Archive for the ‘Responsibility’ Category

Virginia’s Sui Generis Gubernatorial Election

Written by Henry L. Chambers, Jr. on September 2nd, 2009

As I have said before on this blog, the Virginia governor’s race will not be a referendum on President Barack Obama.  The tmpphplgutz9[1]latest flap in that race suggests as much.  A few days ago, the Washington Post published a story on Republican candidate Bob McDonnell’s master’s thesis written in 1989.  The thesis is worth a read.  It reads like a Republican playbook from the end of the Reagan era.  McDonnell concedes as much.  Its attack on Democratic policy is full-throated.  Its critique of women outside of the home and homosexuals everywhere is not kind.  The ideas expressed in the thesis are not necessarily kooky, they are just very conservative.  The thesis was not written by a callow 24-year-old.   It was written by a 35-year-old man who would begin elected public service just a few years later.  Virginia Democrats have argued that McDonnell has followed his thesis  through his 14 years in the Virginia legislature followed by his 3 years as attorney general.   They claim that his work reflects rather than repudiates his thesis.  Not surprisingly, McDonnell claims otherwise.

The race will be fought over the next 60 days or so over issues that are peculiar to Virginia.  Virginia politics is not just local, it is special.  Regardless of whether McDonnell wins or his Democratic opponent Creigh Deeds wins, the outcome of the Virginia governor’s race is unlikely to hinge on any general feeling regarding President Obama and his policies.

Of Men and Nations: Obama’s Wisdom in Releasing the Torture Memos

Written by Robert Justin Lipkin on April 24th, 2009

A relatively simple moral imperative requires the righteous to criticize their own conduct and when found wanting to admit and atone for the wrongdoing. Indeed, the capacity for moral correction and growth may just be the defining feature of being a person.  It’s certainly a necessary condition for the possibility of ethics. This virtue is rarely, if ever, exemplified by nations. The conventional view is that nations must be strong and confession and atonetmpphplc5uyy1.jpgment threaten national strength. While perhaps true of weak nations, powerful nations strengthen their moral authority by admitting and correcting wrongdoing. Doing so reveals the powerful nation’s willingness to listen and hear the complaints of other nations and more important, the criticism of their own citizens. So why is there such an extreme reaction to President Obama’s releasing the torture memo?  Is the concern over revealing state secrets?  Not likely. The content of the torture memos can be easily discovered by anyone wanting to know their content. (No?) Is it that revealing that the United States would torture–in violation of domestic law and international treaties–weakens our public stature? Well, not exactly; it’s not the revelation that weakens our public stature. Rather, it’s that we would torture in the first place. And that’s the reason why releasing the torture memos and prosecuting those officials who formulated and justified the policy conforms to the moral imperative that’s true of both men and nations. Coming to grips with our own wrongdoing and taking responsibility for altering the mind set and the policies that engendered the wrongdoing is required to regain America’s tarnished spirit. Those who cannot appreciate this elementary moral scheme lay no claim to understanding ethics.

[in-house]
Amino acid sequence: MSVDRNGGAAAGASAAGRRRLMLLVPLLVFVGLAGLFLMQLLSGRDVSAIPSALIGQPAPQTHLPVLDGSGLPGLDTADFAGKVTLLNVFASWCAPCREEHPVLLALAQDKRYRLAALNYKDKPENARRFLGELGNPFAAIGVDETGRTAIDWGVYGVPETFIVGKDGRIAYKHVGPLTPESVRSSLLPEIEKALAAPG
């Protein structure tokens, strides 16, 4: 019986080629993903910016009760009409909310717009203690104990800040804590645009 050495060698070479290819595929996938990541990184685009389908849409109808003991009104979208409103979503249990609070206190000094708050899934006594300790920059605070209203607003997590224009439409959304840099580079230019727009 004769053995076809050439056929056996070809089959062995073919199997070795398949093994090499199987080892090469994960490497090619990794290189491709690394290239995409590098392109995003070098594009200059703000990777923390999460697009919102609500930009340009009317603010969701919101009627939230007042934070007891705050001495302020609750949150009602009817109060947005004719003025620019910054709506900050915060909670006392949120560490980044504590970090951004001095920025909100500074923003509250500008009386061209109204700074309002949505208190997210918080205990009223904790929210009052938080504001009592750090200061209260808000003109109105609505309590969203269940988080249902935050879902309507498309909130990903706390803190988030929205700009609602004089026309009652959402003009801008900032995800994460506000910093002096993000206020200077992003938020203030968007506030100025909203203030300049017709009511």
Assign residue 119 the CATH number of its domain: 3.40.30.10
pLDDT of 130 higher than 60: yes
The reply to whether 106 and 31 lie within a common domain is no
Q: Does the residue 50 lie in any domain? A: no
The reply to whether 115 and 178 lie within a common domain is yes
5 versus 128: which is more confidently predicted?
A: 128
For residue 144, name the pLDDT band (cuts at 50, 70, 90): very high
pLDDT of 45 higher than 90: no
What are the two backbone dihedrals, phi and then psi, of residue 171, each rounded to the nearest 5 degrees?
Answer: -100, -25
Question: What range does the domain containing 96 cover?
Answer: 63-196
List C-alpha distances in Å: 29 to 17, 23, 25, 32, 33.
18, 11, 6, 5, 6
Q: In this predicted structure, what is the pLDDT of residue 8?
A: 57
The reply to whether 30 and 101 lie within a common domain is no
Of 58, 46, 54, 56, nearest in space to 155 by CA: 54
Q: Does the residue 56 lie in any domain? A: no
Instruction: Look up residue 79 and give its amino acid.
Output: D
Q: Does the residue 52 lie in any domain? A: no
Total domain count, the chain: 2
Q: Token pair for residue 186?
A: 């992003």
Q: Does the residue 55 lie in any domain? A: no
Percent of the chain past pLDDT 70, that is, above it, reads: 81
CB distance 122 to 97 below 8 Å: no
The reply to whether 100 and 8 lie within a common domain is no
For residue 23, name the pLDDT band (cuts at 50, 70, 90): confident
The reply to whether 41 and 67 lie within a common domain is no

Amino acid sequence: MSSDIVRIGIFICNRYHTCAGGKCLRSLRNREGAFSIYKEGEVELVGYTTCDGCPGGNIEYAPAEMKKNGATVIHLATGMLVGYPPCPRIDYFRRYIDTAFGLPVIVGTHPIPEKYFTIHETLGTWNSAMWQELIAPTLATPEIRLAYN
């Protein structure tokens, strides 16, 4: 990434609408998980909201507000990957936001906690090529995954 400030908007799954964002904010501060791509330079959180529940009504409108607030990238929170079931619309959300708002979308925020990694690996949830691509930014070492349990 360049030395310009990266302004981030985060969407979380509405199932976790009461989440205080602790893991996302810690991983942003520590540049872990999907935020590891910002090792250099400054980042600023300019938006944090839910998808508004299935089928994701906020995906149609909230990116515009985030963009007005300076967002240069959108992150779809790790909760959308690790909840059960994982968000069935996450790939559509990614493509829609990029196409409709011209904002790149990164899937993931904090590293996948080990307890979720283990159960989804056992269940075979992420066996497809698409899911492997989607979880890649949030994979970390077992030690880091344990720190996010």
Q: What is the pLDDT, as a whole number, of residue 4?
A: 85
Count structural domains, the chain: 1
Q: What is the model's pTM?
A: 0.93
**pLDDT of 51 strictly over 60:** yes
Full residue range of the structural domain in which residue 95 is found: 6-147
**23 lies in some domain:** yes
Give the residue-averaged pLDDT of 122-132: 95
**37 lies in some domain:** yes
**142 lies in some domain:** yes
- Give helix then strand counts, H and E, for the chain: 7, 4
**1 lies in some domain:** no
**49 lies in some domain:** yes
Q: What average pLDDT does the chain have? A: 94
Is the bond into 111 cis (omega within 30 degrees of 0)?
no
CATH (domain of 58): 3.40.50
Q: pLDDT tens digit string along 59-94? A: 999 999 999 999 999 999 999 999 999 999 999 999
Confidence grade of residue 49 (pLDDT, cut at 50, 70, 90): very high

Click here for Paul Krugman’s take on this fundamentally important issue.

W.’s Final Press Conference: What a Relief!

Written by Robert Justin Lipkin on January 12th, 2009

With great pathos the man who never should have been president held his final press conference. His strident defiance, obtuseness, defensiveness, and absence of subtlety, and intellectual and emotitmpphpi1k4gz.jpgonal depth shown vividly throughout this exercise. Mr. Bush simply lacks the capacity to appreciate the nuances of public policy. He is paradigmatic of the sort of person who should never be given the job of making important decisions affecting the lives of others, certainly not decisions affecting the lives of vast numbers of people domestically and internationally.  Presidential historian Douglas Brinkley points out that ‘[a]s a . . . historian looking at what’s occurred on his watch, it is almost void of genuine accomplishment,’ and Pulitzer Prize historian Joseph Ellis  insists “I think President Bush might very well be the worst president in U.S. history.’ Perhaps some blame resides in the American electorate in not understanding how one-dimensional and incompetent this president really is.In any event, Americans will suffer the effects of the past eight years for decades.